FITmama: staying FIT without sleep

How does one practice attachment parenting while sleep training?  What “method” is best for me and my family?

Before I had a baby, I knew nothing about “attachment parenting.” Even though Dr. Sears coined the term with his wife over 20 years ago, I was never exposed to the concept.  It wasn’t until I was pregnant and started reading through all my parenting books that I realized my idea of parenting aligned somewhere between Dr. Sears’, Attachment Parenting, and Dr. Weissbluth’s, Healthy Sleep Habits, Happy Child.

For starters let’s see how my beginning parenting skills add up with the Eight Principles of Attachment Parenting:

Natural child birth (Oh yes!), breastfeeding only (yes until we hit 4 months and had a growth spurt while teething and starting a sleep regression– so I had to supplement), self-soothing (yes!), babywearing (yes- and still a favorite of mine), co-sleeping (I said “NEVER” until at 18 weeks it was my only way of survival).  Nothing can prepare you for going back to work at 3months with a baby that doesn’t sleep through the night…. the only way to make it work (for my family) was to co-sleep…. never say never, right!

At 25 weeks we were co-sleeping more than ever.  My family is the biggest advocate for sleep training and “crying it out,” so maybe I’m just rebelling…. I’ve read Dr. Weissbluth’s Healthy Sleep Habits, Happy Child and everything makes perfect sense—in theory!  As a fitness trainer, my thoughts are to hire a specialist and find a sleep trainer. Anybody recommend a good one?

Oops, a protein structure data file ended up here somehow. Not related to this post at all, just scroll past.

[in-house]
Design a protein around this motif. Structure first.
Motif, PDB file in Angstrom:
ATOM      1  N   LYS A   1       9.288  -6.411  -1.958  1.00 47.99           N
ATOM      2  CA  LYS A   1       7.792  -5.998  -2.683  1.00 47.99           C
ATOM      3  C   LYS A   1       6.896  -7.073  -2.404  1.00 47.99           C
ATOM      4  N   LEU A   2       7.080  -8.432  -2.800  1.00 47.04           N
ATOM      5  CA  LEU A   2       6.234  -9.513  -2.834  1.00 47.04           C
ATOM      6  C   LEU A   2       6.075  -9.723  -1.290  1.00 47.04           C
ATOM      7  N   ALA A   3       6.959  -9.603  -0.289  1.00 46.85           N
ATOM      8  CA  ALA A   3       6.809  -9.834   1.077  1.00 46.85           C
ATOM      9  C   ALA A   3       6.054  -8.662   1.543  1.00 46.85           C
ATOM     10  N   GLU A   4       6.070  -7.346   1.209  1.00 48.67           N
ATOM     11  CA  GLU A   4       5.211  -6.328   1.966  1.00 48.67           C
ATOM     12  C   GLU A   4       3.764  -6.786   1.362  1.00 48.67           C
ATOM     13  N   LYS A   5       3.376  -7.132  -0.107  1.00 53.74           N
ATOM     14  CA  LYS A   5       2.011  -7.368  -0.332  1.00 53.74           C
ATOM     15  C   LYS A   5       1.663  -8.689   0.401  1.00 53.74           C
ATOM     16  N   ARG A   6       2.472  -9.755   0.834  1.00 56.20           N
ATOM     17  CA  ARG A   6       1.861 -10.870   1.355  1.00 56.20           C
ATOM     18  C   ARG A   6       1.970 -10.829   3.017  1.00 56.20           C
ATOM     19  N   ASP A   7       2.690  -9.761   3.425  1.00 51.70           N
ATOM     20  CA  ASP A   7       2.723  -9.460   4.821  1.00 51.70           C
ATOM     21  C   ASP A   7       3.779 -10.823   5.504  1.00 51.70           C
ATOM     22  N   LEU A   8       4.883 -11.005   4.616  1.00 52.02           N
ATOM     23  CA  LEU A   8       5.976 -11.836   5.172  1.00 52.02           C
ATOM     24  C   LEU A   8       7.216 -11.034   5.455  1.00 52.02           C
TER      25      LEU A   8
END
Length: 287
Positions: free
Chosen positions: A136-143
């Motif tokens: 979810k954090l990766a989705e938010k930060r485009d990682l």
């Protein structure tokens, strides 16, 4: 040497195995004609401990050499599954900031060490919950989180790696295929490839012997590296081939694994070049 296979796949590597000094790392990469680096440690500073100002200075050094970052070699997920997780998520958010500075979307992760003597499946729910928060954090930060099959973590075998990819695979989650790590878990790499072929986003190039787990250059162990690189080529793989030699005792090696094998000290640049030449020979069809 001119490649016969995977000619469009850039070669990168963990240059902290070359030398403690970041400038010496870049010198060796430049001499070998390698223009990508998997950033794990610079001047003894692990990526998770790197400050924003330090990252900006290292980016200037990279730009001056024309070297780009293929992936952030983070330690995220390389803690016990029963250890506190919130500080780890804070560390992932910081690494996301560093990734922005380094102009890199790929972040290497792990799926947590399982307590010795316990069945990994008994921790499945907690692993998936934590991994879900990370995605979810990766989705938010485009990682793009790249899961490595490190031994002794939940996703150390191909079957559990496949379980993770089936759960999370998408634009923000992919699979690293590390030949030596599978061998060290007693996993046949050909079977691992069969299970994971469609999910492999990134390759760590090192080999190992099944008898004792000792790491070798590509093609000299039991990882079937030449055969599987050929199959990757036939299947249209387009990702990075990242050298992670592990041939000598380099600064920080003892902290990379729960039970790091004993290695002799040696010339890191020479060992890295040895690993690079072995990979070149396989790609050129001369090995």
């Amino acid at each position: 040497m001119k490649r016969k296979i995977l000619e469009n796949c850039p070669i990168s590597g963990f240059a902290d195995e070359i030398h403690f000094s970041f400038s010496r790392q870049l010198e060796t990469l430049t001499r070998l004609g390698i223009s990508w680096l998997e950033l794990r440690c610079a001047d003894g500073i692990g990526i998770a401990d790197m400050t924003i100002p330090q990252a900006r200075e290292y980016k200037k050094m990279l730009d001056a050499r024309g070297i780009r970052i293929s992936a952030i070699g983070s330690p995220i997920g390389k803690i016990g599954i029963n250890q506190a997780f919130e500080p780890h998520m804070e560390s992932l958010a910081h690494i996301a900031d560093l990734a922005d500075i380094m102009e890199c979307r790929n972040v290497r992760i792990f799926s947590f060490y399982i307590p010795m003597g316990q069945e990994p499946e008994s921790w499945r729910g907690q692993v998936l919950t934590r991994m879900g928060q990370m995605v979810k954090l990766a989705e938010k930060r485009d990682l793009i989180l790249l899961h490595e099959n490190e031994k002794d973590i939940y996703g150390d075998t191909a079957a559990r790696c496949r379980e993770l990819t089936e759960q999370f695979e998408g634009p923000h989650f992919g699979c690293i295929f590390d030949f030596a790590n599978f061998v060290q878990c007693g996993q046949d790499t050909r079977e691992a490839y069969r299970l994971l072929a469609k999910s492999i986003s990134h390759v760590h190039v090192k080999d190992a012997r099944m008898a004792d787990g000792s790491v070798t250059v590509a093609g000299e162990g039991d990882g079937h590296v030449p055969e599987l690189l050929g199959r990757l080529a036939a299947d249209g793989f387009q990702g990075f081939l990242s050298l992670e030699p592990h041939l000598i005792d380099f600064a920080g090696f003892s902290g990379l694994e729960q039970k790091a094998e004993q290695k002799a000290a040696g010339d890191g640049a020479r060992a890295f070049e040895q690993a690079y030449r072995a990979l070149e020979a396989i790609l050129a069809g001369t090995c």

Now six months into motherhood and I’m still trying to figure out what makes sense for my family.  My little one does NOT sleep through the night, and probably gets up a minimum 2-3x a night.  Anybody else need a support group at 3am?  We could meet for cocktails or cardio 🙂  It seems like all the moms around me have babies that sleep through the night, so am I missing something?  You start doubting yourself… does the child NEED to nurse through the night?  Am I doing more harm than good?  Will co-sleeping become a bad habit later?? The truth is…. there is no right answer!

My advice is do what feels right for YOU and your family.  Don’t let any book, family member, or teacher make you doubt, feel guilty, or less confident in your parenting skills.  Being a mom is hard enough, so I’ve decided to smile, nod, and listen to unwanted advice– but know that I’m making the RIGHT choice for my family 🙂